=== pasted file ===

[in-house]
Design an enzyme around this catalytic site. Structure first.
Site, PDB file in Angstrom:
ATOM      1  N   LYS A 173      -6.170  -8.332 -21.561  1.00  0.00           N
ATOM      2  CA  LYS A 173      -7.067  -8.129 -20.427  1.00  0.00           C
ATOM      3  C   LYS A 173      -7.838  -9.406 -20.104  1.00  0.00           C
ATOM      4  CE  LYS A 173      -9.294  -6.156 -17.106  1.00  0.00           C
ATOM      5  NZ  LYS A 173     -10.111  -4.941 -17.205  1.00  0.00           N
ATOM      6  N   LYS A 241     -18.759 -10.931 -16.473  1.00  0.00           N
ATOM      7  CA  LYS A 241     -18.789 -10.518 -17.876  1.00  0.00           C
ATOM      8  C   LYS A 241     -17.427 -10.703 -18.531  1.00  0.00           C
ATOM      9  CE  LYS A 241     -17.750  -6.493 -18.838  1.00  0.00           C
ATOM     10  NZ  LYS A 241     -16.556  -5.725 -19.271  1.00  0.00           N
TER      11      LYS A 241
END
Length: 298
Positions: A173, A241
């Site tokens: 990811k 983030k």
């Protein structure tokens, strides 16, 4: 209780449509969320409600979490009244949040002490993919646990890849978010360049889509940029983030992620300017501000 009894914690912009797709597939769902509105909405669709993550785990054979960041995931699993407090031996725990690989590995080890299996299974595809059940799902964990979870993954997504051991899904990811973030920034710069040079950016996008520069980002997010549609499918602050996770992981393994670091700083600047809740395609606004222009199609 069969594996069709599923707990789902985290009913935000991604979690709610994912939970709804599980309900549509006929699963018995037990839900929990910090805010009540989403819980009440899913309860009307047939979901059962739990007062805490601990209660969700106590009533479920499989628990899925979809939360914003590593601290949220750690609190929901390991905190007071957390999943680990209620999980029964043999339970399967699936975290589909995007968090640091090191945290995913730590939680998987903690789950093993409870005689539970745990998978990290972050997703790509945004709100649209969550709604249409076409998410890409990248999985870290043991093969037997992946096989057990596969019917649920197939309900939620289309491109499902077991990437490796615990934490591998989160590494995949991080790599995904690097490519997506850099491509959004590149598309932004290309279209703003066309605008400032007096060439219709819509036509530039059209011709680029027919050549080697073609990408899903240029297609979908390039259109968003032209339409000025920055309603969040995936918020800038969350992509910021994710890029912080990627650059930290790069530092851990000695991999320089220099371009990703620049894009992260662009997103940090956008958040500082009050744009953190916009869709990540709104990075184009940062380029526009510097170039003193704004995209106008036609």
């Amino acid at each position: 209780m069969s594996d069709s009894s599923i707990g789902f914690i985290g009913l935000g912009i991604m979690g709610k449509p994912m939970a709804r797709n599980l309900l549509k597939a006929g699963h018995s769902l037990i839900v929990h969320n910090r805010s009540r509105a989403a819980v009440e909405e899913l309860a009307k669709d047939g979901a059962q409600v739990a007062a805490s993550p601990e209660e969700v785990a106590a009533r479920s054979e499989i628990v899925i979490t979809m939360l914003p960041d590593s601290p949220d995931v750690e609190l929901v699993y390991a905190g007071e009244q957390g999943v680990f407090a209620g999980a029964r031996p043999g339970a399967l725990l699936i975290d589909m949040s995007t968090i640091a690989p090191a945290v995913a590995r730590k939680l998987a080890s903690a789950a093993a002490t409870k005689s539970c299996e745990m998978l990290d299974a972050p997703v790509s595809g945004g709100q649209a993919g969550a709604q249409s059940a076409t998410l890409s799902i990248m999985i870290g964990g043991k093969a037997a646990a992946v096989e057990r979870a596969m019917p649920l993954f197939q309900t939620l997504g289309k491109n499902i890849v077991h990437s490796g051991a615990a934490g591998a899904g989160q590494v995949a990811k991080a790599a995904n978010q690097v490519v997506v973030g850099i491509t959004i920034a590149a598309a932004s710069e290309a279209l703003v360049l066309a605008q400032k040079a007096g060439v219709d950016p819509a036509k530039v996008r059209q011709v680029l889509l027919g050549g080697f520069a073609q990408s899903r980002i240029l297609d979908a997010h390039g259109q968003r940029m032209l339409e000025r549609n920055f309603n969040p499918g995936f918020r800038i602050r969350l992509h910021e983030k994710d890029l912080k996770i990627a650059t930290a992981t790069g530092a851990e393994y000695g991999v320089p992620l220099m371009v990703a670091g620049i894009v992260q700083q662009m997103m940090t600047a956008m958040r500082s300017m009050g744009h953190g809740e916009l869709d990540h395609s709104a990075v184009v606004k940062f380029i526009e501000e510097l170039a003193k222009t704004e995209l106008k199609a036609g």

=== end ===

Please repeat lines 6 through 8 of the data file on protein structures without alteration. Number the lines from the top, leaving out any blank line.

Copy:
ATOM      3  C   LYS A 173      -7.838  -9.406 -20.104  1.00  0.00           C
ATOM      4  CE  LYS A 173      -9.294  -6.156 -17.106  1.00  0.00           C
ATOM      5  NZ  LYS A 173     -10.111  -4.941 -17.205  1.00  0.00           N